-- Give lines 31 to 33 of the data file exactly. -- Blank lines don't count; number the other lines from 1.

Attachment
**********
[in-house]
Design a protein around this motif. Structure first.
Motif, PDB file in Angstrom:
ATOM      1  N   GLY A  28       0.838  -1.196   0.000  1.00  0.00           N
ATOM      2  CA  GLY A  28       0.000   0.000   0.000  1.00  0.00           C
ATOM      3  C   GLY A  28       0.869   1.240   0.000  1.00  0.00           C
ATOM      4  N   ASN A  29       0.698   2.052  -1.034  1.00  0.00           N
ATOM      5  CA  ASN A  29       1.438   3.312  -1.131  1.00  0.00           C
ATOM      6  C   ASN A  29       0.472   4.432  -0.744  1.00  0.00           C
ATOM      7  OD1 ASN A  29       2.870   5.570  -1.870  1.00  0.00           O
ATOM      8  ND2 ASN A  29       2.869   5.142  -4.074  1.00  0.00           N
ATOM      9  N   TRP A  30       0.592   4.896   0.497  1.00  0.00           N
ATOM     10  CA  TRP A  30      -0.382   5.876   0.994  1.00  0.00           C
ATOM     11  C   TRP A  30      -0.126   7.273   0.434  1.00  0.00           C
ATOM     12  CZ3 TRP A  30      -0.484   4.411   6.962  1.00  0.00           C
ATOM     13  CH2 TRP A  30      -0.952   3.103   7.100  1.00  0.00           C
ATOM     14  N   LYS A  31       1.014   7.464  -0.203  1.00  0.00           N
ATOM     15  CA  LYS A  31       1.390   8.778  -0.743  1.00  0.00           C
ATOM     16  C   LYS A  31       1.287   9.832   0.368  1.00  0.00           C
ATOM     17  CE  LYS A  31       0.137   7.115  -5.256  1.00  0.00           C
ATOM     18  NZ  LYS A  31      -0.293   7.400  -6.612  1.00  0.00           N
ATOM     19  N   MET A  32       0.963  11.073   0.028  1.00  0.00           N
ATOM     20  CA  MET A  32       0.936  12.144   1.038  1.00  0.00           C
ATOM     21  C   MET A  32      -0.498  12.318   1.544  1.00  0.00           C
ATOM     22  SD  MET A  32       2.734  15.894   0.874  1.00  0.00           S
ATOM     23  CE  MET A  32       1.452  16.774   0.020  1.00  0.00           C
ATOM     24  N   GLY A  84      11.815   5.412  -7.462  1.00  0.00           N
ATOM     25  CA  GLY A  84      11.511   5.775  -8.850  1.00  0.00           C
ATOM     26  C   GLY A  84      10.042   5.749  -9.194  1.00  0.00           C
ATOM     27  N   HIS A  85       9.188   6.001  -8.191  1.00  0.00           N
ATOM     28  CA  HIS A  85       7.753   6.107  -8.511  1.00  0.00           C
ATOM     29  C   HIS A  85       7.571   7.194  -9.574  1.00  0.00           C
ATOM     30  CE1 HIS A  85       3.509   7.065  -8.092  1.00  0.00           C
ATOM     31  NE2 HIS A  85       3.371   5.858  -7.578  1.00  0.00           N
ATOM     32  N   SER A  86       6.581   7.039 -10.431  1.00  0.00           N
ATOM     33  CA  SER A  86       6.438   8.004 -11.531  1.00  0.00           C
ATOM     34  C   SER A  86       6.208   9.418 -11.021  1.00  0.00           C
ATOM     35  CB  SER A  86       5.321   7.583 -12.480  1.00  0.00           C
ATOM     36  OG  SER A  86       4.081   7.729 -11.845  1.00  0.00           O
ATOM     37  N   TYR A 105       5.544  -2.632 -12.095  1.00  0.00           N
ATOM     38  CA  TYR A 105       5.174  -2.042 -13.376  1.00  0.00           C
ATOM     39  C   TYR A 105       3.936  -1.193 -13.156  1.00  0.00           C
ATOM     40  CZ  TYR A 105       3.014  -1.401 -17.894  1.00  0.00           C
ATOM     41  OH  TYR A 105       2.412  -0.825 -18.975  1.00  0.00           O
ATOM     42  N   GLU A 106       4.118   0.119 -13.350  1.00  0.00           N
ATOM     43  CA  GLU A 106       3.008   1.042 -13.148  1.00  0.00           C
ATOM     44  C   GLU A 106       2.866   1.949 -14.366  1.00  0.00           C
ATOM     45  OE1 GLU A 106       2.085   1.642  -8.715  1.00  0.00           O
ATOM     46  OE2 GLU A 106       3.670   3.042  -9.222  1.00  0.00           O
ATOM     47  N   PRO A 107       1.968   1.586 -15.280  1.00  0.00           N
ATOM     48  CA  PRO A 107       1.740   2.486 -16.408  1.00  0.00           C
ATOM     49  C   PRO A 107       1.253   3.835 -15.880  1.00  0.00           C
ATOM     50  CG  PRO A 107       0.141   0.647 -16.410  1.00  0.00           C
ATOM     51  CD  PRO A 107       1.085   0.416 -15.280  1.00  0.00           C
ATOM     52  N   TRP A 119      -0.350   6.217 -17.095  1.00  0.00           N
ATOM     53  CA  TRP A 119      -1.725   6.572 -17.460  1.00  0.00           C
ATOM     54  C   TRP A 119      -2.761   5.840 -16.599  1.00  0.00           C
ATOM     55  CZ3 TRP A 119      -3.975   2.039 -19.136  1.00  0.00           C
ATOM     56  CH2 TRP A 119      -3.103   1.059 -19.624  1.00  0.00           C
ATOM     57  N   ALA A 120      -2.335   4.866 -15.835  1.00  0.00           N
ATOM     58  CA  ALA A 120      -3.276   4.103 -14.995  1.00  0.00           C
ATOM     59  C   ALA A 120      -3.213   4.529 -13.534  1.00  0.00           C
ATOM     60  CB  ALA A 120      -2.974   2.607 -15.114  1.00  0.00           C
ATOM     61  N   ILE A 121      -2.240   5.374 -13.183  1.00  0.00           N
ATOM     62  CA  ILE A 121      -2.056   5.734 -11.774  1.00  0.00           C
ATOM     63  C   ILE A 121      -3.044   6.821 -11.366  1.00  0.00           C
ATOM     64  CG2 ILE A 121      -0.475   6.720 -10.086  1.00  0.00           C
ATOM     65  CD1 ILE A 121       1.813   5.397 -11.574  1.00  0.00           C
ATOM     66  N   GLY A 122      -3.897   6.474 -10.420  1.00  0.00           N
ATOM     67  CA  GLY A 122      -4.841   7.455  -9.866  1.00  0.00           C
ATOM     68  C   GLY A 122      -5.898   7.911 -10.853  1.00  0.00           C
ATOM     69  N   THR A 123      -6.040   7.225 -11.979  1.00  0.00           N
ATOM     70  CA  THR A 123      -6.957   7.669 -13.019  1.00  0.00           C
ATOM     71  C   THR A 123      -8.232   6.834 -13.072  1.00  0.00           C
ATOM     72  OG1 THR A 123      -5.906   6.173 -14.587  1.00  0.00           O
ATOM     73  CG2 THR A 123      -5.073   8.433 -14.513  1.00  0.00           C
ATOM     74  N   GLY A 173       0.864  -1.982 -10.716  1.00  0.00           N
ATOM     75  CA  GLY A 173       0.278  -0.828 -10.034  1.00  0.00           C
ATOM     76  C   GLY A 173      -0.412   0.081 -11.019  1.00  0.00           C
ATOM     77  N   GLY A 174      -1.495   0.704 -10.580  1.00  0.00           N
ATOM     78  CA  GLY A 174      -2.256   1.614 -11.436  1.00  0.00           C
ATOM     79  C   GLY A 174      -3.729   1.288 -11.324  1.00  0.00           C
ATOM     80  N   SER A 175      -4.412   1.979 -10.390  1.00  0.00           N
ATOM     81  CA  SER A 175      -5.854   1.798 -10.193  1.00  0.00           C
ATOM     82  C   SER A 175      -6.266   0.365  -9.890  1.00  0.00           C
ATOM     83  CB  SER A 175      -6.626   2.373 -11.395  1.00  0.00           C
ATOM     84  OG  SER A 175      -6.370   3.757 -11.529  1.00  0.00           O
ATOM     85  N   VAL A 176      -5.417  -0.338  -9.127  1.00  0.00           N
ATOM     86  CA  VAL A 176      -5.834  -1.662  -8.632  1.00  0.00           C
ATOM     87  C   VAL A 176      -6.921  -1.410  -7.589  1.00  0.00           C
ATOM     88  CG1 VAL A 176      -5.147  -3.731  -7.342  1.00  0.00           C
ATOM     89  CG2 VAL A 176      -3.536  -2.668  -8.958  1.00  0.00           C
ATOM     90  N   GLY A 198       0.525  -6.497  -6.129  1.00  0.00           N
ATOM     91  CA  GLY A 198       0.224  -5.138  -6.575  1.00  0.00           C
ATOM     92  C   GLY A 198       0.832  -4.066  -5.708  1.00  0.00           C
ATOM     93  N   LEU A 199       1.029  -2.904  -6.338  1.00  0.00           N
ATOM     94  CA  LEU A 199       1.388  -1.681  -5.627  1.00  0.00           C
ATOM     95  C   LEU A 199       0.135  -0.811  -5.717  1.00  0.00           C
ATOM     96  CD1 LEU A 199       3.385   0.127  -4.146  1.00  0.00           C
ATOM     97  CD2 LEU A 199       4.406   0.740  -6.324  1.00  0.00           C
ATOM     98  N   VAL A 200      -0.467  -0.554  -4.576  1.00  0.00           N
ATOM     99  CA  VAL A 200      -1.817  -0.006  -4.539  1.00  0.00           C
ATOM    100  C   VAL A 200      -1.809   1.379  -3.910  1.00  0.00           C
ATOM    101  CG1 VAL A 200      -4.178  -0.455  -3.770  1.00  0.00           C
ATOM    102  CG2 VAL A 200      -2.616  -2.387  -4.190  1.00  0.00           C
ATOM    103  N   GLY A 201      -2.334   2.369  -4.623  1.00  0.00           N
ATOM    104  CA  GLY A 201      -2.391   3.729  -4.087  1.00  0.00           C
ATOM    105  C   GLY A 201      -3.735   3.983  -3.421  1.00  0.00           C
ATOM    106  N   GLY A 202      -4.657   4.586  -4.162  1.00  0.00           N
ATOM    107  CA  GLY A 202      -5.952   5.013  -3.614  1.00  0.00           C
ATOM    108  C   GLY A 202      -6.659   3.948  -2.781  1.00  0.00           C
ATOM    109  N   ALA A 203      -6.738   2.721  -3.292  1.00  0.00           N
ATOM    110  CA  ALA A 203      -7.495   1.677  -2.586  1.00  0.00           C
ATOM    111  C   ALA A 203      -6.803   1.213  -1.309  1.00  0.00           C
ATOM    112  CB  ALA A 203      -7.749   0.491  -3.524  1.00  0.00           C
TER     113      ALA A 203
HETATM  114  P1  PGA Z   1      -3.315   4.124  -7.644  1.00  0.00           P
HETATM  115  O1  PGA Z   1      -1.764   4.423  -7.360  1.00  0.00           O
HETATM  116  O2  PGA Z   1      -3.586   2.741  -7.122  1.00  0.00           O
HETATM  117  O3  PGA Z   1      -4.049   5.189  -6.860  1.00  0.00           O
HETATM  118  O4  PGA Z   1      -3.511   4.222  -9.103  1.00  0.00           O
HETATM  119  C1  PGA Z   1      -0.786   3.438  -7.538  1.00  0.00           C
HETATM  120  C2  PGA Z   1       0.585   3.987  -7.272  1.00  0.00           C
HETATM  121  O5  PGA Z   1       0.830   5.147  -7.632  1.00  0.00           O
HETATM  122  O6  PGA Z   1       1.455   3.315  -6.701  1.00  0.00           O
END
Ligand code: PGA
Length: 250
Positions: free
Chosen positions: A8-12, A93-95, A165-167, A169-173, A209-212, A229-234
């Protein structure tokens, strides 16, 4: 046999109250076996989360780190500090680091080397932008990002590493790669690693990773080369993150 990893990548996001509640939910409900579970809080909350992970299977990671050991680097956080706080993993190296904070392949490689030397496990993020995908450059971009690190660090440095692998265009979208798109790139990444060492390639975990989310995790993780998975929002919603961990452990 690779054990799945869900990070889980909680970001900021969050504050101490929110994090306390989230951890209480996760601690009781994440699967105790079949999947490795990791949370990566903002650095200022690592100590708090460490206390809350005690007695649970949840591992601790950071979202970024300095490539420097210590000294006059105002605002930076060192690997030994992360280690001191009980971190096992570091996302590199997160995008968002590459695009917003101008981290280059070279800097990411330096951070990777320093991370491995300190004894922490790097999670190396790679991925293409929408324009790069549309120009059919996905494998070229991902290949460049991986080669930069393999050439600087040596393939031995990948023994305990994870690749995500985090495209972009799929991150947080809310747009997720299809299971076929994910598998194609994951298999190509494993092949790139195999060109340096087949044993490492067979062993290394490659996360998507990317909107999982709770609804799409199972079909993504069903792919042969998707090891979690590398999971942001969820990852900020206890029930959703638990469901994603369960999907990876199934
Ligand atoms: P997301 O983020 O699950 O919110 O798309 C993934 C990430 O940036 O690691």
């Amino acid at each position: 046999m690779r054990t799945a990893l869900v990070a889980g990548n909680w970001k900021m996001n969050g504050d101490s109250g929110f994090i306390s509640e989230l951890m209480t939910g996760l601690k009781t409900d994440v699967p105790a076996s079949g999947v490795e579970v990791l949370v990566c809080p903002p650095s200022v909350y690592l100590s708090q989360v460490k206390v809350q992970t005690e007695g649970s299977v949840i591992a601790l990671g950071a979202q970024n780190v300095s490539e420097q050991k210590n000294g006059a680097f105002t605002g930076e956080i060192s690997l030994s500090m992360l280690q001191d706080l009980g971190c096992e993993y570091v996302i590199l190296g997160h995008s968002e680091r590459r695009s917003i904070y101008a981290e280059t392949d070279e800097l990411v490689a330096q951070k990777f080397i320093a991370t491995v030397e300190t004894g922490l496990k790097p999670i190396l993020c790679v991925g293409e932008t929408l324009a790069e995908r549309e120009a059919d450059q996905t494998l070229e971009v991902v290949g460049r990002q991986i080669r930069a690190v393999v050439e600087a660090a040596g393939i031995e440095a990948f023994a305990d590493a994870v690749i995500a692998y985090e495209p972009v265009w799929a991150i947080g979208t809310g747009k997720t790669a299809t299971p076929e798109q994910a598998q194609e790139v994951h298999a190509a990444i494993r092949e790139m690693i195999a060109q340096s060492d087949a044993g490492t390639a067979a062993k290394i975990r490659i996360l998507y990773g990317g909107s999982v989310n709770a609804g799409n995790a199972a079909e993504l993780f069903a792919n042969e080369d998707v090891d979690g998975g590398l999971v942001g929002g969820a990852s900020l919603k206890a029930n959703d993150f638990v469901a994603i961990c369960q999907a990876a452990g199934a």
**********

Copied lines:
ATOM     28  CA  HIS A  85       7.753   6.107  -8.511  1.00  0.00           C
ATOM     29  C   HIS A  85       7.571   7.194  -9.574  1.00  0.00           C
ATOM     30  CE1 HIS A  85       3.509   7.065  -8.092  1.00  0.00           C